There are a multitude of approaches that different leaders in premarital counseling take, although despite variances in setting and stated aim, the most consistent patterns in this counseling are geared toward helping both the male and female build skills and develop the emotional, coping, and communicative tools necessary to have a functioning, healthy marriage. “Skill-based programs which teach couples communication and conflict-resolution skills have the strongest empirical support to date” (Williams, 2007, p. 216) for couples. As a result, most modern approaches to premarital counseling, whether conducted in the community, within private practice, or in non-secular institutions such as churches or temples, follow this skill-based mode of teaching and counseling. Key elements in these approaches include conflict resolution skills in particular and also value communication strategies as a means of achieving a stable marriage in addition to more ethereal notions such as the existence and maintenance of trust, for instance. There is a difference in how couples who are perceived to be at risk are addressed, however, as sometimes a therapy-based approach is best if there is a history of abuse or mental illness, for instance. Furthermore, approaches may vary based on the setting of the counseling as there are contextual differences to the approach if the counseling is offered by the church versus a private practice, for instance.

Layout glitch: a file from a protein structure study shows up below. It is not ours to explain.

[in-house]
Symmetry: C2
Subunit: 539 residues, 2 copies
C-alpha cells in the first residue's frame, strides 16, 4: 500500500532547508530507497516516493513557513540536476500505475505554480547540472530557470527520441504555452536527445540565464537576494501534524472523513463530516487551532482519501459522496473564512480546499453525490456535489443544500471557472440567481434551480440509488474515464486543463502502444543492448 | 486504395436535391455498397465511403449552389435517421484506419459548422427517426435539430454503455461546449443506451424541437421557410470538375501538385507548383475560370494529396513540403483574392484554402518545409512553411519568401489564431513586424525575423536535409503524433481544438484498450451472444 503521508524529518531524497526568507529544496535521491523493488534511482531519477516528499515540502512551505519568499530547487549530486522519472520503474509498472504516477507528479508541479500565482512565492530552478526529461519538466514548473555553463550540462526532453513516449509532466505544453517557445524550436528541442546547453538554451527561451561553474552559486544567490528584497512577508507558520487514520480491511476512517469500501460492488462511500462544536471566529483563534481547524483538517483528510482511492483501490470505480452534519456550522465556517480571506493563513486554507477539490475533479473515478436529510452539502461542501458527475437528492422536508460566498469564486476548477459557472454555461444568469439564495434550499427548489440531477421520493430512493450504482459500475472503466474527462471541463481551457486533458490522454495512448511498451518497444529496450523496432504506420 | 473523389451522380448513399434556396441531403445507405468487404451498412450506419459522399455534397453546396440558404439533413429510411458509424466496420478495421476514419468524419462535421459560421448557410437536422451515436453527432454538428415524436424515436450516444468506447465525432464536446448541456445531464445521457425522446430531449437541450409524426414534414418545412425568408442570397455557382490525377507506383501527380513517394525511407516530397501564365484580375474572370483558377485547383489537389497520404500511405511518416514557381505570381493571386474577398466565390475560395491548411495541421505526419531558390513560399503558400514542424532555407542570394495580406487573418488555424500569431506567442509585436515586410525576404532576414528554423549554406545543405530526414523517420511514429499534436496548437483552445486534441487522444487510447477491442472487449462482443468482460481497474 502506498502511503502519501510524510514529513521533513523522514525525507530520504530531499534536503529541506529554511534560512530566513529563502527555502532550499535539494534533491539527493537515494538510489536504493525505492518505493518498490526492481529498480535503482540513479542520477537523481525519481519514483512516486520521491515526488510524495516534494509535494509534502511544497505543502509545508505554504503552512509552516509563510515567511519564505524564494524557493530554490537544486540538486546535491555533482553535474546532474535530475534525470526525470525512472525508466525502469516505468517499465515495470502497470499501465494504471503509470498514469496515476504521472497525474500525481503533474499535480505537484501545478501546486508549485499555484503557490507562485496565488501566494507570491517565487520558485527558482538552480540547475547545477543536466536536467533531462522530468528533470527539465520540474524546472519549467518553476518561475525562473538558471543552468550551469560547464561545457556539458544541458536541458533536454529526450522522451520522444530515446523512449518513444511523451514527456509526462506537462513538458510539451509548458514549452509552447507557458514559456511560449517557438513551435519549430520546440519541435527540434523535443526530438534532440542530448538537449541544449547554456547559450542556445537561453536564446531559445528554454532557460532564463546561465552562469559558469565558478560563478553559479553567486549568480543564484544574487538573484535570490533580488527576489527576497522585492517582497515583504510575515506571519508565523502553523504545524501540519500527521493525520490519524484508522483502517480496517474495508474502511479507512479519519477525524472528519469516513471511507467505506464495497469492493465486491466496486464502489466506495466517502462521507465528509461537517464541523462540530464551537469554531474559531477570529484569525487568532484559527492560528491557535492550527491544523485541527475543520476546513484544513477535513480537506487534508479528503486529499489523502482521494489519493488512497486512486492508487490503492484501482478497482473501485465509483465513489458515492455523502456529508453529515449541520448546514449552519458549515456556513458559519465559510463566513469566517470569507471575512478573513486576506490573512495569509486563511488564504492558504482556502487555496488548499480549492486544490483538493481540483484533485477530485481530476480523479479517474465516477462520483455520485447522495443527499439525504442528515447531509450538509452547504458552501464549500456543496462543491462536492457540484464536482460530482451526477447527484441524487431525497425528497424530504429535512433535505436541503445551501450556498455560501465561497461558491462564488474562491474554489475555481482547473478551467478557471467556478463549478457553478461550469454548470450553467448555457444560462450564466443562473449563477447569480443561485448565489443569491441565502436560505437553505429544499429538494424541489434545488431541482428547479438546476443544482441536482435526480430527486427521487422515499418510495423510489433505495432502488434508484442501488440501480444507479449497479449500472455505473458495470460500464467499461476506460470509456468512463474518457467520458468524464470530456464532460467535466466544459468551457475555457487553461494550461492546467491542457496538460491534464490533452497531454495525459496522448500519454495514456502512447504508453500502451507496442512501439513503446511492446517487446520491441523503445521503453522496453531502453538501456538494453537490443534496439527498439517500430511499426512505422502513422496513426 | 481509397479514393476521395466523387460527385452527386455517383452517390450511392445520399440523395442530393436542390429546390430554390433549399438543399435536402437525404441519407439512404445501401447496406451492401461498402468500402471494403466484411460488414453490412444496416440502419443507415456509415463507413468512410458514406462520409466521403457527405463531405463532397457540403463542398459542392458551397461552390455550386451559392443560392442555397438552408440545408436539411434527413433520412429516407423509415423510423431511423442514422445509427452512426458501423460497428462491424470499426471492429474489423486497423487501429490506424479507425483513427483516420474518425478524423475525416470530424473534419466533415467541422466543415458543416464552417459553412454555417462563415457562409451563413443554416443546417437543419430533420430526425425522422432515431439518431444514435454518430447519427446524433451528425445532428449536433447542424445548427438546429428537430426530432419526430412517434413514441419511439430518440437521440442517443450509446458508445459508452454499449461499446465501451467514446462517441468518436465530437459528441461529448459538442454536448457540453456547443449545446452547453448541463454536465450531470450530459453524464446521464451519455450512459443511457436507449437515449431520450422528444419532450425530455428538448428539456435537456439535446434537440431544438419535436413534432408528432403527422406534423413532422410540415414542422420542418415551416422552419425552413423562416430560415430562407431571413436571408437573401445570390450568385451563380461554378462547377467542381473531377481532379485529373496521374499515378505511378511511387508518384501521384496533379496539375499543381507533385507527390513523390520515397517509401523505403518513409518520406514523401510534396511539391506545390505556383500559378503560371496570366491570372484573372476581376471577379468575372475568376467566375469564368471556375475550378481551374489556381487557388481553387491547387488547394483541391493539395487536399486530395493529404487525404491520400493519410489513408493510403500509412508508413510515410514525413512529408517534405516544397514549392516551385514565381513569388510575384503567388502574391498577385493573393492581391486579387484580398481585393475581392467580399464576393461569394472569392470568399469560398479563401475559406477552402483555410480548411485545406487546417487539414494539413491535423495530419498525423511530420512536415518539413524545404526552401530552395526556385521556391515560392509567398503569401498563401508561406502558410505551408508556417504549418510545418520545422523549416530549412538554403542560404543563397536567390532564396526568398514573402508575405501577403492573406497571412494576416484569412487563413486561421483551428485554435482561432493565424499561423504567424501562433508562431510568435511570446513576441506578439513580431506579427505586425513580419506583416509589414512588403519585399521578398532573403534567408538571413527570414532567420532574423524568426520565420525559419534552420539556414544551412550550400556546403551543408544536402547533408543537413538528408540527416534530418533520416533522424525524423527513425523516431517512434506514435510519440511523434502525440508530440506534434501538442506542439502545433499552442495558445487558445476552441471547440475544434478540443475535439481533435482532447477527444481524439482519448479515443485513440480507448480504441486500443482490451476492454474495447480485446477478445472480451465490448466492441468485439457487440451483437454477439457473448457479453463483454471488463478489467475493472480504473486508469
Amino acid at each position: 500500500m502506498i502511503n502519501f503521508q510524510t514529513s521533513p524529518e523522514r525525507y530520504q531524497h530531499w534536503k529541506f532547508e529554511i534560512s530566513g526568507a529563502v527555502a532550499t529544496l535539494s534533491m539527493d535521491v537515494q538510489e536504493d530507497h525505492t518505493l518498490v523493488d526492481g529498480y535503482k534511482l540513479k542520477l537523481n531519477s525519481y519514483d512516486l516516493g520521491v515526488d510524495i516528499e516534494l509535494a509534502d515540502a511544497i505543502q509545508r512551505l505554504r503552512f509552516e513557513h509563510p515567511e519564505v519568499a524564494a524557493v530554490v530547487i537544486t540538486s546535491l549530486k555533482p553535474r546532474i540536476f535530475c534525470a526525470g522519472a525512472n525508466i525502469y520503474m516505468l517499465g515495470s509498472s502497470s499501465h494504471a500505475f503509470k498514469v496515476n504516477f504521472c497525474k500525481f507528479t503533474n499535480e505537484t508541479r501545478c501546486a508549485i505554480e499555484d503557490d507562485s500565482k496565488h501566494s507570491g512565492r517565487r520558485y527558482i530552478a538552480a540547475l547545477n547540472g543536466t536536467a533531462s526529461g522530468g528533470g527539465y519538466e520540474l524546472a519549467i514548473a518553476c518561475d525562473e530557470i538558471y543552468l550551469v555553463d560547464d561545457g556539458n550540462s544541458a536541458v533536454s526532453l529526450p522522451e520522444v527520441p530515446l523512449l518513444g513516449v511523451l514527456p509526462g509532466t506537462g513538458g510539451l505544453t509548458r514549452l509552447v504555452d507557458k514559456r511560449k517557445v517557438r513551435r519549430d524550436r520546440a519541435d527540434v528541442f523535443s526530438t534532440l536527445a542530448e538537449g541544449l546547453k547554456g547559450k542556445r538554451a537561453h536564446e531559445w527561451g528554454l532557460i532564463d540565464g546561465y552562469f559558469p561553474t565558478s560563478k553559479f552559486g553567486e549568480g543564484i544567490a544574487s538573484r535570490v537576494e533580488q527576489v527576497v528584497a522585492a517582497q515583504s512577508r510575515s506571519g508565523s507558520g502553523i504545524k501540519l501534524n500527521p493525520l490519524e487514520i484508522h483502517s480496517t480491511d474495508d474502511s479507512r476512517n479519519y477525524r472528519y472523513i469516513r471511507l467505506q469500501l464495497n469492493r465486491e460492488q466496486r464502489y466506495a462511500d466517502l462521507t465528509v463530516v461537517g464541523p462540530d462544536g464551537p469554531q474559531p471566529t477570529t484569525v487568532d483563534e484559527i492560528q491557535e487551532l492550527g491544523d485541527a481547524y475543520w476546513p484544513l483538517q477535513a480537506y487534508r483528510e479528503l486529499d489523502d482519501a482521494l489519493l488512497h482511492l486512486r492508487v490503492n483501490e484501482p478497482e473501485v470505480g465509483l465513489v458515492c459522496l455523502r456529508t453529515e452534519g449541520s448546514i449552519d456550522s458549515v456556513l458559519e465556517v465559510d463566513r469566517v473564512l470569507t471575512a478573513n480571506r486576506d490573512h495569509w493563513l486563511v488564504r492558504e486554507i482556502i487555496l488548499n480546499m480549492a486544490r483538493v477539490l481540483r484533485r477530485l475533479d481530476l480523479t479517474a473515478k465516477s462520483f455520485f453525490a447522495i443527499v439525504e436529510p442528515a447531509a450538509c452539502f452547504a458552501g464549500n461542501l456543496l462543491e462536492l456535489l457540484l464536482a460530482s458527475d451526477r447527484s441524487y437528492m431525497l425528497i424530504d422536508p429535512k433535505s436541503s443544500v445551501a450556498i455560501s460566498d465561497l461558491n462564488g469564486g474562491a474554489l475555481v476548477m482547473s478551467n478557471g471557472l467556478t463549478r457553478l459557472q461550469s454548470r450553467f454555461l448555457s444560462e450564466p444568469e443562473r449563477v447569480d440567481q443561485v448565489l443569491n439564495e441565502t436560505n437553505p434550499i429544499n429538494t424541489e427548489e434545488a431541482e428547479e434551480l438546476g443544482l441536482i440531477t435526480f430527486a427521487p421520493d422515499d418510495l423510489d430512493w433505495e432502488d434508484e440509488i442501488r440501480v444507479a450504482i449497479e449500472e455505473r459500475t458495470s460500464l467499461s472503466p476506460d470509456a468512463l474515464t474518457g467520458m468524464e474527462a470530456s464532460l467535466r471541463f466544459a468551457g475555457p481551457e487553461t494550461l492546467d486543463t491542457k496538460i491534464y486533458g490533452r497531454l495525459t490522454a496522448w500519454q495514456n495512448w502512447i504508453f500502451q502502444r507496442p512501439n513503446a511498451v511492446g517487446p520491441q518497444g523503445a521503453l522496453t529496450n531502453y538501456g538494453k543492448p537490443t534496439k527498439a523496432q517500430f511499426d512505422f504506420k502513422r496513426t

Aside from the more practical issues addressed in premarital counseling and ways it teaches couples to think about communication and conflict resolution issues, there are other elements to requiring some form of premarital counseling, especially for couples who are deemed to be at risk for marriage dissolution. One of these is the fact that counseling forces the couple to “slow down” for a while before they rush into marriage and to consider more carefully some of the weighty issues the might have to address. Instead of making them focus on possible hurdles they will encounter, this kind of premarital counseling can be more lighthearted with the sole purpose of helping couples understand, without bringing sources of potential conflict into the discussion, what they can expect of marriage (Stanley 2001). One scholar notes that this is a successful tactic that has been employed by institutions such as the Catholic Church. Instead of allowing couples to enter into a marriage based on their own timelines, the church requires 6 months notice before the couple can be wed within the church. This allows the couple time to think their marriage through, offers the church a more relaxed timeframe in which to address potential issues, and permits a more balanced approach to getting married where the long-term is emphasized over the short-term rush of a wedding ceremony. As Stanley (2001) states, it , “the argument here is for delay in order to foster greater deliberation, not delay for the sake of delay” (p. 278).